Switch to English Language Passer en langue française Omschakelen naar Nederlandse Taal Wechseln Sie zu deutschen Sprache Passa alla lingua italiana
Members: 70,557   Posts: 1,545,145   Online: 1004
      
Page 1 of 3 123 LastLast
Results 1 to 10 of 22
  1. #1

    Join Date
    Jul 2008
    Location
    Southeastern U.S.
    Shooter
    35mm
    Posts
    550

    Cloth Shutter vs. Metal Shutter

    When discussing 35mm shutters, a long-time camera repairman once told me that any metal shutter is superior to a cloth shutter. This would seem quite reasonable, but what about those cameras with "lesser," i.e. cloth, shutters? I once owned a Canon A-1, and I currently own a Minolta XG-M, both which feature a cloth shutter design. Especially since 35mm prices are so reasonable, are the bodies with cloth shutters worth owning? I welcome your input.

  2. #2

    Join Date
    Jul 2010
    Location
    Southern USA
    Shooter
    Multi Format
    Posts
    3,841
    A cloth shutter as is present in many cameras is very easy to repair. Can't say the same for metal ones which may expalin why a repairman likes them. He can charge more. One can buy shutter curtains for older model Leicas and copies. Anyone with a modest amount of dexterity can relace one. From my own experience I would say that either cloth or metal have about the same reliability.
    Last edited by Gerald C Koch; 02-20-2011 at 04:07 PM. Click to view previous post history.
    A rock pile ceases to be a rock pile the moment a single man contemplates it, bearing within him the image of a cathedral.

    ~Antoine de Saint-Exupery

  3. #3
    lxdude's Avatar
    Join Date
    Apr 2009
    Location
    Redlands, So. Calif.
    Shooter
    Multi Format
    Posts
    6,654
    Assuming the same type of shutter, i.e., focal plane. Metal shutters have some advantages and cloth have some advantages. Metal won't burn through if the lens is left pointed at the sun at infinity in a rangefinder camera, or in an SLR with the mirror locked up. Titanium has long been regarded as more durable, that is, can go more cycles, though I don't know why that is the case, if so. It could simply be that the titanium shutter is a part of the more durable mechanisms in pro level cameras. Metal is necessary to form the blades in vertical shutters, as they work differently from horizontal shutters.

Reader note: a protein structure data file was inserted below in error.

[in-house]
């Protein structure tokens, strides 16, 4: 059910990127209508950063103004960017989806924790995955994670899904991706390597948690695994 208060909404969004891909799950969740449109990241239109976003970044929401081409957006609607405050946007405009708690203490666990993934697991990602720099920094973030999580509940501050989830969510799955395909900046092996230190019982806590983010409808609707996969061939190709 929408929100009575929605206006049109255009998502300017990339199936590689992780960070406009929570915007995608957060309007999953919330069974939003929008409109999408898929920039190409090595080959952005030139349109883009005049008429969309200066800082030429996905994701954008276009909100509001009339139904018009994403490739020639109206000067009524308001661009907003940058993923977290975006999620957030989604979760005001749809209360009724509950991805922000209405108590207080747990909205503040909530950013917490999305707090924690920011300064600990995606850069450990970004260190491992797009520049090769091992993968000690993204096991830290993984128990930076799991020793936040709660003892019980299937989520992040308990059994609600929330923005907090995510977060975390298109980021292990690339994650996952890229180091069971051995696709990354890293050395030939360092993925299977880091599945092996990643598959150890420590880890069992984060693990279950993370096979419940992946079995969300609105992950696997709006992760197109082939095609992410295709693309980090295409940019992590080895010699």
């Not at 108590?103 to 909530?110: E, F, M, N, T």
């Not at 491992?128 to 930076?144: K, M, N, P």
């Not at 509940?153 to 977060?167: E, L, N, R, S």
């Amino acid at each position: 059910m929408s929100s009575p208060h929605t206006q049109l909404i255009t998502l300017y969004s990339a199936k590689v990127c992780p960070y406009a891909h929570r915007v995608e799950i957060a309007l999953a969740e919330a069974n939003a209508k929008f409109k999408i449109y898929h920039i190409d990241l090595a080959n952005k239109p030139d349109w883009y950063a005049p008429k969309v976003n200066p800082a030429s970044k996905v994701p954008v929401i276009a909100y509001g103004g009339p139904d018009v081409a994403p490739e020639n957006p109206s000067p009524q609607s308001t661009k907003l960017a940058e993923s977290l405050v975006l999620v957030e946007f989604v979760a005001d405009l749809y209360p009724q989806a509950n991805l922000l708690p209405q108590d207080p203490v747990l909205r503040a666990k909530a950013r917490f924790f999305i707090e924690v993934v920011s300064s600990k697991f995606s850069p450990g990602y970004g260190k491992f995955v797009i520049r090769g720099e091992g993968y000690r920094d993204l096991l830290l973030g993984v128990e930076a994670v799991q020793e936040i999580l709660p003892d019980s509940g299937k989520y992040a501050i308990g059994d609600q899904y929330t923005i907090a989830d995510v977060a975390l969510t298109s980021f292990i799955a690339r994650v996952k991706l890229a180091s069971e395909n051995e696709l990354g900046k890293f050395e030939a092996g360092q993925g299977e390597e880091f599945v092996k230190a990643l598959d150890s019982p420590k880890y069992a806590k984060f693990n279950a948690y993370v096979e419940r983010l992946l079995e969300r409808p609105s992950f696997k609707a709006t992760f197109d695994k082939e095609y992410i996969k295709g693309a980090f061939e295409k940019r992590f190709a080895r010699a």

Cloth has a couple of advantages. If you accidentally poke a metal shutter while changing film, damage is very likely; less so with a cloth shutter. If the cloth shutter is harmed, repair is likely simpler, consisting of putting parts "back on track", where with metal it means replacement. Getting new replacement metal curtains or blades for older shutters may be impossible, so scrounging used shutters becomes the method of repair. New cloth is easy to acquire.

    Finally, I find that cloth shutters tend to be significantly quieter than metal horizontal shutters, and somewhat quieter than vertical shutters, and when the cloth shutter opens, there is usually very little vibration, useful at slower speeds on a tripod.
    I do use a digital device in my photographic pursuits when necessary.
    When someone rags on me for using film, I use a middle digit, upraised.

  4. #4

    Join Date
    Aug 2010
    Location
    Atlanta, GA
    Shooter
    35mm
    Posts
    826
    All Leicas - up to M7 that I know of, use cloth shutters. The renowned OM's - 1 through 4, do too. None of these are known to have any more failures then their metal counterparts. Their biggest limitation is the slow sync speed associated with this configuration. The Nikons with metal (titanium/aluminum) had sync speeds to 1/250 as well as 1/4000 shutter speed. However, with 1/8000 shutter speeds and higher in the latest and greatest - Canon 1V, Nikon F6, Minolta 9Xi, all are back to non-metallic - carbon fiber shutters, to attain these speeds. Just like their previous cloth counterparts, these all have a disclaimer when using mirror lockup of not exposing the shutter to the sun too much as, "sun’s heat can scorch and damage the shutter curtains."

  5. #5

    Join Date
    Apr 2004
    Location
    Montgomery, Il/USA
    Shooter
    Multi Format